The internment of American citizens of Japanese descent during World War II provides another reminder of how government officials overplayed the threat to national security, getting the public to support the mass incarceration of over 110,000 individuals (more than half of them children). And many people have pointed to the rhetoric of the current Bush administration, accusing it of drumming up fear of foreign threats to similarly manipulate the public. “What often happens,” Wells explains, “is a linkage between a foreign threat and something that may happen domestically…. That fear of something foreign often causes Americans to give a lot of deference to whatever the executive is saying.” History has shown that this engendered fear and prejudice, when combined with a lack of accountability, often lead to poor decision-making.
Accountability, as it turns out, is also a psychological principle--holding that people who aren’t called to defend and explain their actions are at risk of making bad decisions. Consider the current debates percolating in the realm of constitutional law in regard to the “war on terrorism” and civil liberties problems arising from it. Wells points out that executive officials “fall prey to the same sorts of biases.” In response to this tendency, she argues that “we need to take into account the role that fear and prejudice often play in decision-making and argue for stronger judicial review of those actions that often infringe upon civil liberties.” She suggests that the best way to improve the government’s decision-making, and to avoid some of the mistakes of the past, “is to be sure that somebody makes executive officials explain their behavior and account for it.” The judicial courts, according to Wells, would appear to be in the best position to hold executive officials responsible for their decisions, at least when civil liberties are involved.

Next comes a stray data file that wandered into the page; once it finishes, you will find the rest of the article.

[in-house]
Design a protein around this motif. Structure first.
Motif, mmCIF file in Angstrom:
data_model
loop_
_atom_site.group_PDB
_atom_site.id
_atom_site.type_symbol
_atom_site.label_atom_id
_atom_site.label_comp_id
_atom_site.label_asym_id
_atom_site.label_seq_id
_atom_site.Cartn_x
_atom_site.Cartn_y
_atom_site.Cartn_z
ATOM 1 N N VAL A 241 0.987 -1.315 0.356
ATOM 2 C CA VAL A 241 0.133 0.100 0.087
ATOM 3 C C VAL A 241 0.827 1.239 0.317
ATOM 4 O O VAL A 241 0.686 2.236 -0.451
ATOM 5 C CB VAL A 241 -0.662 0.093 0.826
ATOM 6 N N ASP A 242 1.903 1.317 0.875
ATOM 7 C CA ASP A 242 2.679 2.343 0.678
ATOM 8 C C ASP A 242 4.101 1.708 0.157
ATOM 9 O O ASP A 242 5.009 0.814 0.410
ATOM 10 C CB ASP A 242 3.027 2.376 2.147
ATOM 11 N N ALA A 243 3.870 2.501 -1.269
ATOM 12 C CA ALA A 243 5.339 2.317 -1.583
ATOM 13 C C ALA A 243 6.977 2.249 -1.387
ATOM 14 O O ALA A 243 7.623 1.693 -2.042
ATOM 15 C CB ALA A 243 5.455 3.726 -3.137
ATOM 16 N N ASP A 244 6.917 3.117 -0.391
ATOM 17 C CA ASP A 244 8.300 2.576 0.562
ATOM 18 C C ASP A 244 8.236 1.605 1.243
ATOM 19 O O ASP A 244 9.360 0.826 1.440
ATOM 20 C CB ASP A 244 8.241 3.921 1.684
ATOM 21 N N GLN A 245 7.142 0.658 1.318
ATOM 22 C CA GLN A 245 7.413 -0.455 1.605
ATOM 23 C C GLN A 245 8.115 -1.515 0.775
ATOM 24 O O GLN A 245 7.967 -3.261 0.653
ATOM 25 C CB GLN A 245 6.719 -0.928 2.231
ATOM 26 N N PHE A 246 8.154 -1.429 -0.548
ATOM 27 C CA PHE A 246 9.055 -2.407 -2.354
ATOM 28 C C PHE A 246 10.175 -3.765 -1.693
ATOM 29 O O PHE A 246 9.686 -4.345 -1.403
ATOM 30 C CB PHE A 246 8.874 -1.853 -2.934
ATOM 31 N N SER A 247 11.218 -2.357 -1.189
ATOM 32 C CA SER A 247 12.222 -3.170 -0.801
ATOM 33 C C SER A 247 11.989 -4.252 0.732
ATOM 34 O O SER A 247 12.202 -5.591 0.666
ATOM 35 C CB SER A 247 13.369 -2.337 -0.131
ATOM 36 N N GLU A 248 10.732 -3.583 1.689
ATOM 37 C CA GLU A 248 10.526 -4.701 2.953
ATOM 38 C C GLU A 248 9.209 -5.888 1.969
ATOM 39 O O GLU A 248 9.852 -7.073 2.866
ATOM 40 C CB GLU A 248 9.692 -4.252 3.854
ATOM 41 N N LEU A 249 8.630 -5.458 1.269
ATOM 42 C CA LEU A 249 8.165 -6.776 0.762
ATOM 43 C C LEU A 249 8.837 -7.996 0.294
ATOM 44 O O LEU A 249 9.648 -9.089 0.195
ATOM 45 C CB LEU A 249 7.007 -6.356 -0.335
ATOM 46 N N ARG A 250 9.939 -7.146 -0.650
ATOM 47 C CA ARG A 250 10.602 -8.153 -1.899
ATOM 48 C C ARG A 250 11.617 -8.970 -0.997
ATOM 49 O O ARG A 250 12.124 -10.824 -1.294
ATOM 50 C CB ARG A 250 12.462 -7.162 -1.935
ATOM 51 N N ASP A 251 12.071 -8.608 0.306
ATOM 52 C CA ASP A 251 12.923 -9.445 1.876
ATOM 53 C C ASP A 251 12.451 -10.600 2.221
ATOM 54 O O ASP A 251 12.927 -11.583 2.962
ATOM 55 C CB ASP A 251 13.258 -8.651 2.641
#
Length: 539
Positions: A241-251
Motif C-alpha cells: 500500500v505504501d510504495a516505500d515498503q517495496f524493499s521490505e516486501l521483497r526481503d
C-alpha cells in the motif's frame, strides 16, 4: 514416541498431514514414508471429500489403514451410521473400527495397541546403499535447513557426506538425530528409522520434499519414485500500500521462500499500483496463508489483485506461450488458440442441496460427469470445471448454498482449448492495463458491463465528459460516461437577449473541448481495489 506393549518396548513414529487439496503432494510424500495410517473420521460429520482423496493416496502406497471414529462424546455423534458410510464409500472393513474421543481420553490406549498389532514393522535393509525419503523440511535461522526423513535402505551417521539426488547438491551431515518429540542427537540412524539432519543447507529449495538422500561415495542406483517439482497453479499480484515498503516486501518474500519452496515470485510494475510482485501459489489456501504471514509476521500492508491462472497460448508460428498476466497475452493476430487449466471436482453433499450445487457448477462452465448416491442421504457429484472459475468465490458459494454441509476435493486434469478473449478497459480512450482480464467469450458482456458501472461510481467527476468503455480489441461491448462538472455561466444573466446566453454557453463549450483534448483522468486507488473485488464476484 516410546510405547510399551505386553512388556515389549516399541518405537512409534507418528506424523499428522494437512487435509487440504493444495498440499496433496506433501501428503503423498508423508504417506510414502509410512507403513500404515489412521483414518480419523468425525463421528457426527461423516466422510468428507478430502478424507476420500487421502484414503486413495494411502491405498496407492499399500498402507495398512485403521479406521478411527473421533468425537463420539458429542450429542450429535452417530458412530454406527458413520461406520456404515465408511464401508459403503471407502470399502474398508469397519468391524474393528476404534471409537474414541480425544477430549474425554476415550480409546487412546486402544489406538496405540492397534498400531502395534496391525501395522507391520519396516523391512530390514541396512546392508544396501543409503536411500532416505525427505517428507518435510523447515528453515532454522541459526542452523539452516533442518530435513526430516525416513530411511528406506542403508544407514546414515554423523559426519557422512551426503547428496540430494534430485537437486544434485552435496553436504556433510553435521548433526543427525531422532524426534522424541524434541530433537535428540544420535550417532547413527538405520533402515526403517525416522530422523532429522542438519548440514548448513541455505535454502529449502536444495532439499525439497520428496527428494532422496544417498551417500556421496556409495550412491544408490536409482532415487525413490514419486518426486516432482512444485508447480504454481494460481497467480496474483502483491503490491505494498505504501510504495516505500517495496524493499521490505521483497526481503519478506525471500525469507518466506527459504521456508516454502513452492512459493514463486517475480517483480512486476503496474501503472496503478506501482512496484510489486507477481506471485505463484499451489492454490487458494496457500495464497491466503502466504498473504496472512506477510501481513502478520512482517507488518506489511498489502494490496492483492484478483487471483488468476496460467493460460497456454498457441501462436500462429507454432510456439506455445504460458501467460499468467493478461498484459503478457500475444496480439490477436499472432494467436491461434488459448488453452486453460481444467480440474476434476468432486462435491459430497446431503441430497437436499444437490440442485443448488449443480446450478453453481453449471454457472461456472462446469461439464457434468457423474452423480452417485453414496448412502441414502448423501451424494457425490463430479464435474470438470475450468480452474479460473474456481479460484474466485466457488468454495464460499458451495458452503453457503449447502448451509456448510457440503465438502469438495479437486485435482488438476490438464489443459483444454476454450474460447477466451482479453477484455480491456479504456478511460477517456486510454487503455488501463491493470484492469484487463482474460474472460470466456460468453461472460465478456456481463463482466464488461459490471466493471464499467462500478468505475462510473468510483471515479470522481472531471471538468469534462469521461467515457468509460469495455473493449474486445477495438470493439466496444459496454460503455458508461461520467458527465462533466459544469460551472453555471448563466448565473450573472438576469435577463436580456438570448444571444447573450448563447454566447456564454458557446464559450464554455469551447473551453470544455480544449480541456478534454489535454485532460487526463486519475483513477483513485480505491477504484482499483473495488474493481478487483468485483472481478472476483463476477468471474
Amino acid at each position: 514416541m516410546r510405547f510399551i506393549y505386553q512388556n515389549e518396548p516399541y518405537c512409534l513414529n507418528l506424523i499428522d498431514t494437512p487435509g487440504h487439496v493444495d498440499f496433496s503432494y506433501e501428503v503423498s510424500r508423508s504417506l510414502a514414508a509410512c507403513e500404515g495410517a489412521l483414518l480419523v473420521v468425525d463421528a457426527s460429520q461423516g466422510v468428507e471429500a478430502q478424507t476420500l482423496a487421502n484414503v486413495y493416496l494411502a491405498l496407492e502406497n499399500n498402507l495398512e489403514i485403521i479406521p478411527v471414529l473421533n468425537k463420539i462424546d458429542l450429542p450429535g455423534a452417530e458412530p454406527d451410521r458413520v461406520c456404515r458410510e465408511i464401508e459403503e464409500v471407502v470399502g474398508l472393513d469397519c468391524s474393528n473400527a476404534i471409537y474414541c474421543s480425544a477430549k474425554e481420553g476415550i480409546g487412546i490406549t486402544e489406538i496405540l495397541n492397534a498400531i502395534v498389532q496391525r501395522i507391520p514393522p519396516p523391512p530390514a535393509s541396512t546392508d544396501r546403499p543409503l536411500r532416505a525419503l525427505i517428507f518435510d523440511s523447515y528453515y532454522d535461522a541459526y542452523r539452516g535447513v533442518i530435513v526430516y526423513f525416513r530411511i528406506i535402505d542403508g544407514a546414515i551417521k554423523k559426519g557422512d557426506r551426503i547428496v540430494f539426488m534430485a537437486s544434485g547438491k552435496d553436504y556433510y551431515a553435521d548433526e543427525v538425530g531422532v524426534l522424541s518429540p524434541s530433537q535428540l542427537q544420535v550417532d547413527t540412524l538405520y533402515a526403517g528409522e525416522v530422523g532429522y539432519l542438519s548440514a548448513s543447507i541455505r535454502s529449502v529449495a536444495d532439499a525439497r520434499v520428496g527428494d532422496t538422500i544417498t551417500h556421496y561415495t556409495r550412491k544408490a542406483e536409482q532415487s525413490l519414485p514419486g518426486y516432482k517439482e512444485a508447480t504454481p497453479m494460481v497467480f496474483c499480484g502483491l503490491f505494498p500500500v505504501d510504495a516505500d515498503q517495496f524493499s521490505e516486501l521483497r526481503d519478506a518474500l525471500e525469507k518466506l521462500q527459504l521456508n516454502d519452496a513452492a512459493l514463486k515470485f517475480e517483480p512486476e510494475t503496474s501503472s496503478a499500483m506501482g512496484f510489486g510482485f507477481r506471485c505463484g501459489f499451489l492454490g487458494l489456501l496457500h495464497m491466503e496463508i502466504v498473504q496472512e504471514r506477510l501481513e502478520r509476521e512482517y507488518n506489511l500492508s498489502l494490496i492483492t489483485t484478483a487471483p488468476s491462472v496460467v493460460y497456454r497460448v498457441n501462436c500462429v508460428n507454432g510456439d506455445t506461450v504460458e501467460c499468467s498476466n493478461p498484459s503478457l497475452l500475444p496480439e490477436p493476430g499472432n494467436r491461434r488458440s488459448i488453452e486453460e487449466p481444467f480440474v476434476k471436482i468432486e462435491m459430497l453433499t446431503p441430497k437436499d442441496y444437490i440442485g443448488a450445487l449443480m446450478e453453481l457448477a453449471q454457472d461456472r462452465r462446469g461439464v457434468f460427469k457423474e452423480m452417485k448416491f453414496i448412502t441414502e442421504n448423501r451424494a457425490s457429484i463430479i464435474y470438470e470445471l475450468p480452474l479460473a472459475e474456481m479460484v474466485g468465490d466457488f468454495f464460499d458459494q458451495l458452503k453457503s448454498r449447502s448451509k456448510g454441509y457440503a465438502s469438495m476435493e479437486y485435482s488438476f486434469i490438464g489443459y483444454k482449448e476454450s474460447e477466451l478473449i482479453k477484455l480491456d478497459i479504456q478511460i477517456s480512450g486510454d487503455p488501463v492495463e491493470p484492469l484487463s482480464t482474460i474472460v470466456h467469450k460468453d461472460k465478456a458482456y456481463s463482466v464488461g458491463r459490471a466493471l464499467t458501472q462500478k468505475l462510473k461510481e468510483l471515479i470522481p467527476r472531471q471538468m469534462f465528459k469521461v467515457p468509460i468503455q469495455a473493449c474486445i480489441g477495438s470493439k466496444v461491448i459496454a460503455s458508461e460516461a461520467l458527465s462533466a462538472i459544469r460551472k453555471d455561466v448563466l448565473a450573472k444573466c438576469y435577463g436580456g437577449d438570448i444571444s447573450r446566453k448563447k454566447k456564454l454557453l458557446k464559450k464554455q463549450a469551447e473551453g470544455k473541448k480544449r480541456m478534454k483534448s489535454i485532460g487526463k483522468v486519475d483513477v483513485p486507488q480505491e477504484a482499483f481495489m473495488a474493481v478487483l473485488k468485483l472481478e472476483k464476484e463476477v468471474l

Along similar lines, another aspect of Wells’ research suggests that the current Bush administration has overused a national security rationale that has resulted in excessive secrecy. The state secrecy privilege, along with the assertion of executive privilege, has been invoked more by the current Bush administration than ever before. “Secrecy is really a dangerous thing,” she cautions. “It is clearly necessary at times, but secrecy is used so broadly right now to keep people in the dark about so many things, and in the past it has proven to be so dangerous and damaging.” Such excessive secrecy causes worry, because “you can’t effectively govern or speak about what the government is doing if you don’t have access to the information,” and without input from advisors and the public there are no longer checks and balances.
And there are further implications: “Now the Bush administration is moving toward prosecuting reporters [under the Espionage Act] for revealing information, which has never been done before. That’s a road we really don’t want to go down…to see reporters prosecuted for revealing classified information when so much of that information is wrongly classified in the first place. So you’re in this ugly tug-of-war,” she says, “with the system being badly abused by the government. It really needs to stop.”
Wells enjoys thinking about these difficult and controversial constitutional issues. As she puts it, “sometimes the law is absolutely clear and every scholar will agree, but usually you’ll find some disagreement about the answer to it. That’s the good thing about hard cases – they involve a public discussion and some sort of public resolution…. That’s what I see as the great thing about the First Amendment--that you are allowed to talk about these things.”